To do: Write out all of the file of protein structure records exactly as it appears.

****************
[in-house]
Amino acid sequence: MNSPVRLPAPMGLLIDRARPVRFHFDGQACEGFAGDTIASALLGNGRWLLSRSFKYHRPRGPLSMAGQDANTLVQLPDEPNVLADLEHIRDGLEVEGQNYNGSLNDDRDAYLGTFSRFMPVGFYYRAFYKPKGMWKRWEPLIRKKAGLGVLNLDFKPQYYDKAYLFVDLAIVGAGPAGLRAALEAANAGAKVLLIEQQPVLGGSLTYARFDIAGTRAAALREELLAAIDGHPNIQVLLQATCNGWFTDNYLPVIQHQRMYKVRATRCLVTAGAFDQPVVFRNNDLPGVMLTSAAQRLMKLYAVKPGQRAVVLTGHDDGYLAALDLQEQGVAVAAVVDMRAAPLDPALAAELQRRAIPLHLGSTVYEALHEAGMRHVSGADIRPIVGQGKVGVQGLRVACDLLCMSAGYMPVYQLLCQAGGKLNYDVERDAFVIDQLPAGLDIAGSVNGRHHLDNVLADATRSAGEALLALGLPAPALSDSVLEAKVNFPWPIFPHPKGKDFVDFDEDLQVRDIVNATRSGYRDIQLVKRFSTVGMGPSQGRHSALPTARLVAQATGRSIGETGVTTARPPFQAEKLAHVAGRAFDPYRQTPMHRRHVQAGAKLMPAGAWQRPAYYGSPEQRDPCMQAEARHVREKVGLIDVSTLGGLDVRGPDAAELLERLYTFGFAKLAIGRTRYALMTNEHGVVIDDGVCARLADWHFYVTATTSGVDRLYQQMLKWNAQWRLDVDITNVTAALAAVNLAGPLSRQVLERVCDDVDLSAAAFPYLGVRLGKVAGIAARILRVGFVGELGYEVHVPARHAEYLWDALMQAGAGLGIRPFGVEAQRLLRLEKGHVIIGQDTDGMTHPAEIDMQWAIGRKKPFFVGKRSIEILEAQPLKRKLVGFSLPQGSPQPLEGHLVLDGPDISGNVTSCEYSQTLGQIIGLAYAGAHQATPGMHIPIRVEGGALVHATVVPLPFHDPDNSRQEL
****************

[in-house]
Amino acid sequence: MNSPVRLPAPMGLLIDRARPVRFHFDGQACEGFAGDTIASALLGNGRWLLSRSFKYHRPRGPLSMAGQDANTLVQLPDEPNVLADLEHIRDGLEVEGQNYNGSLNDDRDAYLGTFSRFMPVGFYYRAFYKPKGMWKRWEPLIRKKAGLGVLNLDFKPQYYDKAYLFVDLAIVGAGPAGLRAALEAANAGAKVLLIEQQPVLGGSLTYARFDIAGTRAAALREELLAAIDGHPNIQVLLQATCNGWFTDNYLPVIQHQRMYKVRATRCLVTAGAFDQPVVFRNNDLPGVMLTSAAQRLMKLYAVKPGQRAVVLTGHDDGYLAALDLQEQGVAVAAVVDMRAAPLDPALAAELQRRAIPLHLGSTVYEALHEAGMRHVSGADIRPIVGQGKVGVQGLRVACDLLCMSAGYMPVYQLLCQAGGKLNYDVERDAFVIDQLPAGLDIAGSVNGRHHLDNVLADATRSAGEALLALGLPAPALSDSVLEAKVNFPWPIFPHPKGKDFVDFDEDLQVRDIVNATRSGYRDIQLVKRFSTVGMGPSQGRHSALPTARLVAQATGRSIGETGVTTARPPFQAEKLAHVAGRAFDPYRQTPMHRRHVQAGAKLMPAGAWQRPAYYGSPEQRDPCMQAEARHVREKVGLIDVSTLGGLDVRGPDAAELLERLYTFGFAKLAIGRTRYALMTNEHGVVIDDGVCARLADWHFYVTATTSGVDRLYQQMLKWNAQWRLDVDITNVTAALAAVNLAGPLSRQVLERVCDDVDLSAAAFPYLGVRLGKVAGIAARILRVGFVGELGYEVHVPARHAEYLWDALMQAGAGLGIRPFGVEAQRLLRLEKGHVIIGQDTDGMTHPAEIDMQWAIGRKKPFFVGKRSIEILEAQPLKRKLVGFSLPQGSPQPLEGHLVLDGPDISGNVTSCEYSQTLGQIIGLAYAGAHQATPGMHIPIRVEGGALVHATVVPLPFHDPDNSRQEL